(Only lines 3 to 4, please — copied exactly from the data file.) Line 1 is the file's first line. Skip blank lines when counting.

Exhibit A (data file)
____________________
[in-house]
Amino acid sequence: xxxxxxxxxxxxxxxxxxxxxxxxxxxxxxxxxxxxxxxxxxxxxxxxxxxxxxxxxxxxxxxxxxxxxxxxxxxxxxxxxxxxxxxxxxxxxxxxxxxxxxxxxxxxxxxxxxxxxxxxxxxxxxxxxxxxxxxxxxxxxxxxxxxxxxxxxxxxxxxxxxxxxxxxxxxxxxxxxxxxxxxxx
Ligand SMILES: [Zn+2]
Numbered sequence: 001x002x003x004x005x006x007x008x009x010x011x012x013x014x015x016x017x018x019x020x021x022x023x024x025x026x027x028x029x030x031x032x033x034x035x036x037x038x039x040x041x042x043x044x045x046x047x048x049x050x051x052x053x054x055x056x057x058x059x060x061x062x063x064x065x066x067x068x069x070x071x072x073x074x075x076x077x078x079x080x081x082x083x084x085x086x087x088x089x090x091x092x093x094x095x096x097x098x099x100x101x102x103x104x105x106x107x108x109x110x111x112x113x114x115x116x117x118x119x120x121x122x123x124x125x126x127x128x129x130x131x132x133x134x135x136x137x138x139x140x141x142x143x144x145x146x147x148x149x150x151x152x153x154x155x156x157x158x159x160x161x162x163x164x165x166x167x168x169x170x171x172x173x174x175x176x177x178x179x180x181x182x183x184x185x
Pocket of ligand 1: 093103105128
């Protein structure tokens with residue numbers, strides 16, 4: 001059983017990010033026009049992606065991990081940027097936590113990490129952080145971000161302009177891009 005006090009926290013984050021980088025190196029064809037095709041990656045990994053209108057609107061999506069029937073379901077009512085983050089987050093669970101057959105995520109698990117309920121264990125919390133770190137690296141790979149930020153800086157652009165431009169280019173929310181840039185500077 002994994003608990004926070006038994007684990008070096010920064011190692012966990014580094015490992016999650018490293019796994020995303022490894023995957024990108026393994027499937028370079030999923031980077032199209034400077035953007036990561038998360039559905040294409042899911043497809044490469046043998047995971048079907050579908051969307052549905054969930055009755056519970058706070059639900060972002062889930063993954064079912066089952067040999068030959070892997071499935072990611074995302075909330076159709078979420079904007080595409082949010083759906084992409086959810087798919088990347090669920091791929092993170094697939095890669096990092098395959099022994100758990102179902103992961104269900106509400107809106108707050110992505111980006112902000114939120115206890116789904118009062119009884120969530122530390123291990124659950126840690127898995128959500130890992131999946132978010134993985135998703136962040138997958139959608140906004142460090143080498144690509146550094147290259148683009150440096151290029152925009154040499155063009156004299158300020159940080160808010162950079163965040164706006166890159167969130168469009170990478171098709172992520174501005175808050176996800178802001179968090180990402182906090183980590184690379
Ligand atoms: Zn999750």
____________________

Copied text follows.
Ligand SMILES: [Zn+2]
Numbered sequence: 001x002x003x004x005x006x007x008x009x010x011x012x013x014x015x016x017x018x019x020x021x022x023x024x025x026x027x028x029x030x031x032x033x034x035x036x037x038x039x040x041x042x043x044x045x046x047x048x049x050x051x052x053x054x055x056x057x058x059x060x061x062x063x064x065x066x067x068x069x070x071x072x073x074x075x076x077x078x079x080x081x082x083x084x085x086x087x088x089x090x091x092x093x094x095x096x097x098x099x100x101x102x103x104x105x106x107x108x109x110x111x112x113x114x115x116x117x118x119x120x121x122x123x124x125x126x127x128x129x130x131x132x133x134x135x136x137x138x139x140x141x142x143x144x145x146x147x148x149x150x151x152x153x154x155x156x157x158x159x160x161x162x163x164x165x166x167x168x169x170x171x172x173x174x175x176x177x178x179x180x181x182x183x184x185x